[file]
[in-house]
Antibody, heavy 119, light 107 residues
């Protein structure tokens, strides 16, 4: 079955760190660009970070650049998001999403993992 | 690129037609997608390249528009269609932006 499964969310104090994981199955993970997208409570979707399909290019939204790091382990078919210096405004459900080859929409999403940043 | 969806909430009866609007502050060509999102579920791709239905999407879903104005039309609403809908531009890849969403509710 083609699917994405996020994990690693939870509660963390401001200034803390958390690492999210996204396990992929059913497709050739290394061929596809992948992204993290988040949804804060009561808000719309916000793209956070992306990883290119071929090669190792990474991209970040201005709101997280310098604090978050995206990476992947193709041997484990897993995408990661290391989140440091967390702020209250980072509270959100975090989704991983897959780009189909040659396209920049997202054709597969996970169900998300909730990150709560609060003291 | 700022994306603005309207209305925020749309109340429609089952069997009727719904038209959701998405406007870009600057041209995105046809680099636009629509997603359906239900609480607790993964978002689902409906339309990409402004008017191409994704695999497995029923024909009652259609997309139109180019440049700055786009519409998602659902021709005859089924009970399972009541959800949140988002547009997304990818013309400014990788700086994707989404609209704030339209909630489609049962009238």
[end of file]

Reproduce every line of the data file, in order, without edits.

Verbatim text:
[in-house]
Antibody, heavy 119, light 107 residues
């Protein structure tokens, strides 16, 4: 079955760190660009970070650049998001999403993992 | 690129037609997608390249528009269609932006 499964969310104090994981199955993970997208409570979707399909290019939204790091382990078919210096405004459900080859929409999403940043 | 969806909430009866609007502050060509999102579920791709239905999407879903104005039309609403809908531009890849969403509710 083609699917994405996020994990690693939870509660963390401001200034803390958390690492999210996204396990992929059913497709050739290394061929596809992948992204993290988040949804804060009561808000719309916000793209956070992306990883290119071929090669190792990474991209970040201005709101997280310098604090978050995206990476992947193709041997484990897993995408990661290391989140440091967390702020209250980072509270959100975090989704991983897959780009189909040659396209920049997202054709597969996970169900998300909730990150709560609060003291 | 700022994306603005309207209305925020749309109340429609089952069997009727719904038209959701998405406007870009600057041209995105046809680099636009629509997603359906239900609480607790993964978002689902409906339309990409402004008017191409994704695999497995029923024909009652259609997309139109180019440049700055786009519409998602659902021709005859089924009970399972009541959800949140988002547009997304990818013309400014990788700086994707989404609209704030339209909630489609049962009238």